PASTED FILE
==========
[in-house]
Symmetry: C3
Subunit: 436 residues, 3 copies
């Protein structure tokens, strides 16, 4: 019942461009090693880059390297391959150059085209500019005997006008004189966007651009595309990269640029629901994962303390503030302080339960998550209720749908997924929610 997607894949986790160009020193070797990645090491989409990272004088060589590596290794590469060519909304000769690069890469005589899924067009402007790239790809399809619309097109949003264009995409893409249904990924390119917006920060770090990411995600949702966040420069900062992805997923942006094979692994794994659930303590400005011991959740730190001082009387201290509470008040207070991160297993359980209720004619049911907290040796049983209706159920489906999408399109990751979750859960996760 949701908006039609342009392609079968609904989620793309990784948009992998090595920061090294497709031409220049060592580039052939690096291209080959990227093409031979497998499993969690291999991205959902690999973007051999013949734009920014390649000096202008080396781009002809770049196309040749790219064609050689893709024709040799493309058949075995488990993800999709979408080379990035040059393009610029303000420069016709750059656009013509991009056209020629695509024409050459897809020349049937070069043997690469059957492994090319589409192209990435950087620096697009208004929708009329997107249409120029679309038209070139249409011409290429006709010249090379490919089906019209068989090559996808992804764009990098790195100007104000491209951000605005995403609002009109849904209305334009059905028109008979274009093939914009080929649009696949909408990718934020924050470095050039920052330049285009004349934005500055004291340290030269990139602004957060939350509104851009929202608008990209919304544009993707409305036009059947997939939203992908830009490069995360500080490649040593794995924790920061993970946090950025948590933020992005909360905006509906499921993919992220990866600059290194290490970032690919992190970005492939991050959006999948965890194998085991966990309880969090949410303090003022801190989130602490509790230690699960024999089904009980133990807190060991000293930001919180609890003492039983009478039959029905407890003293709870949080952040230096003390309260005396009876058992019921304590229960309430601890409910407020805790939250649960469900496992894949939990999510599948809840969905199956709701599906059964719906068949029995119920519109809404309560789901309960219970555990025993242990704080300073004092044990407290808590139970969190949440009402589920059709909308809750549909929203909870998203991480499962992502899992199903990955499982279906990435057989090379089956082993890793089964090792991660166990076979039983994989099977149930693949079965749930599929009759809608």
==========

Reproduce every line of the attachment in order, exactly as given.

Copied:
[in-house]
Symmetry: C3
Subunit: 436 residues, 3 copies
């Protein structure tokens, strides 16, 4: 019942461009090693880059390297391959150059085209500019005997006008004189966007651009595309990269640029629901994962303390503030302080339960998550209720749908997924929610 997607894949986790160009020193070797990645090491989409990272004088060589590596290794590469060519909304000769690069890469005589899924067009402007790239790809399809619309097109949003264009995409893409249904990924390119917006920060770090990411995600949702966040420069900062992805997923942006094979692994794994659930303590400005011991959740730190001082009387201290509470008040207070991160297993359980209720004619049911907290040796049983209706159920489906999408399109990751979750859960996760 949701908006039609342009392609079968609904989620793309990784948009992998090595920061090294497709031409220049060592580039052939690096291209080959990227093409031979497998499993969690291999991205959902690999973007051999013949734009920014390649000096202008080396781009002809770049196309040749790219064609050689893709024709040799493309058949075995488990993800999709979408080379990035040059393009610029303000420069016709750059656009013509991009056209020629695509024409050459897809020349049937070069043997690469059957492994090319589409192209990435950087620096697009208004929708009329997107249409120029679309038209070139249409011409290429006709010249090379490919089906019209068989090559996808992804764009990098790195100007104000491209951000605005995403609002009109849904209305334009059905028109008979274009093939914009080929649009696949909408990718934020924050470095050039920052330049285009004349934005500055004291340290030269990139602004957060939350509104851009929202608008990209919304544009993707409305036009059947997939939203992908830009490069995360500080490649040593794995924790920061993970946090950025948590933020992005909360905006509906499921993919992220990866600059290194290490970032690919992190970005492939991050959006999948965890194998085991966990309880969090949410303090003022801190989130602490509790230690699960024999089904009980133990807190060991000293930001919180609890003492039983009478039959029905407890003293709870949080952040230096003390309260005396009876058992019921304590229960309430601890409910407020805790939250649960469900496992894949939990999510599948809840969905199956709701599906059964719906068949029995119920519109809404309560789901309960219970555990025993242990704080300073004092044990407290808590139970969190949440009402589920059709909308809750549909929203909870998203991480499962992502899992199903990955499982279906990435057989090379089956082993890793089964090792991660166990076979039983994989099977149930693949079965749930599929009759809608």